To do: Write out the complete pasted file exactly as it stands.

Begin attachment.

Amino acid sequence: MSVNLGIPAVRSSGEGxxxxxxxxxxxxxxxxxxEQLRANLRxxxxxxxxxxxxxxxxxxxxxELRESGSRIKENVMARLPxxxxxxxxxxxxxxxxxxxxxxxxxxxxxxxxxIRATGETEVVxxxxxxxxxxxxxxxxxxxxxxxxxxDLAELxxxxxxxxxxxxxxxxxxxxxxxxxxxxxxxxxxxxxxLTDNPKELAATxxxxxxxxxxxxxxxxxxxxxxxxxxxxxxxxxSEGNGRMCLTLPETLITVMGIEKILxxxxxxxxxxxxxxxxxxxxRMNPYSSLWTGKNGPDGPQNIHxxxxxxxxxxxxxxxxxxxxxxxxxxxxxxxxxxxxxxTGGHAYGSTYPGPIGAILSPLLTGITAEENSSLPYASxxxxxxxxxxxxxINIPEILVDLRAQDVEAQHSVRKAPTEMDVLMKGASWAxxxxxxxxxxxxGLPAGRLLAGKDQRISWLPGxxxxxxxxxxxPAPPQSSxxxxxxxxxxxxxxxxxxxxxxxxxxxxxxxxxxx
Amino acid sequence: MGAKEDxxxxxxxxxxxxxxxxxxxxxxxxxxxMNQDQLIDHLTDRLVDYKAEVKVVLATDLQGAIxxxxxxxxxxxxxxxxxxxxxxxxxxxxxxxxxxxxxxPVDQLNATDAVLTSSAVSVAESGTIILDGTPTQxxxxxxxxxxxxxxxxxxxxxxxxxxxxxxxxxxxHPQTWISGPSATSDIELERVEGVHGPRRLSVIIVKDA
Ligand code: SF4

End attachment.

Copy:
Amino acid sequence: MSVNLGIPAVRSSGEGxxxxxxxxxxxxxxxxxxEQLRANLRxxxxxxxxxxxxxxxxxxxxxELRESGSRIKENVMARLPxxxxxxxxxxxxxxxxxxxxxxxxxxxxxxxxxIRATGETEVVxxxxxxxxxxxxxxxxxxxxxxxxxxDLAELxxxxxxxxxxxxxxxxxxxxxxxxxxxxxxxxxxxxxxLTDNPKELAATxxxxxxxxxxxxxxxxxxxxxxxxxxxxxxxxxSEGNGRMCLTLPETLITVMGIEKILxxxxxxxxxxxxxxxxxxxxRMNPYSSLWTGKNGPDGPQNIHxxxxxxxxxxxxxxxxxxxxxxxxxxxxxxxxxxxxxxTGGHAYGSTYPGPIGAILSPLLTGITAEENSSLPYASxxxxxxxxxxxxxINIPEILVDLRAQDVEAQHSVRKAPTEMDVLMKGASWAxxxxxxxxxxxxGLPAGRLLAGKDQRISWLPGxxxxxxxxxxxPAPPQSSxxxxxxxxxxxxxxxxxxxxxxxxxxxxxxxxxxx
Amino acid sequence: MGAKEDxxxxxxxxxxxxxxxxxxxxxxxxxxxMNQDQLIDHLTDRLVDYKAEVKVVLATDLQGAIxxxxxxxxxxxxxxxxxxxxxxxxxxxxxxxxxxxxxxPVDQLNATDAVLTSSAVSVAESGTIILDGTPTQxxxxxxxxxxxxxxxxxxxxxxxxxxxxxxxxxxxHPQTWISGPSATSDIELERVEGVHGPRRLSVIIVKDA
Ligand code: SF4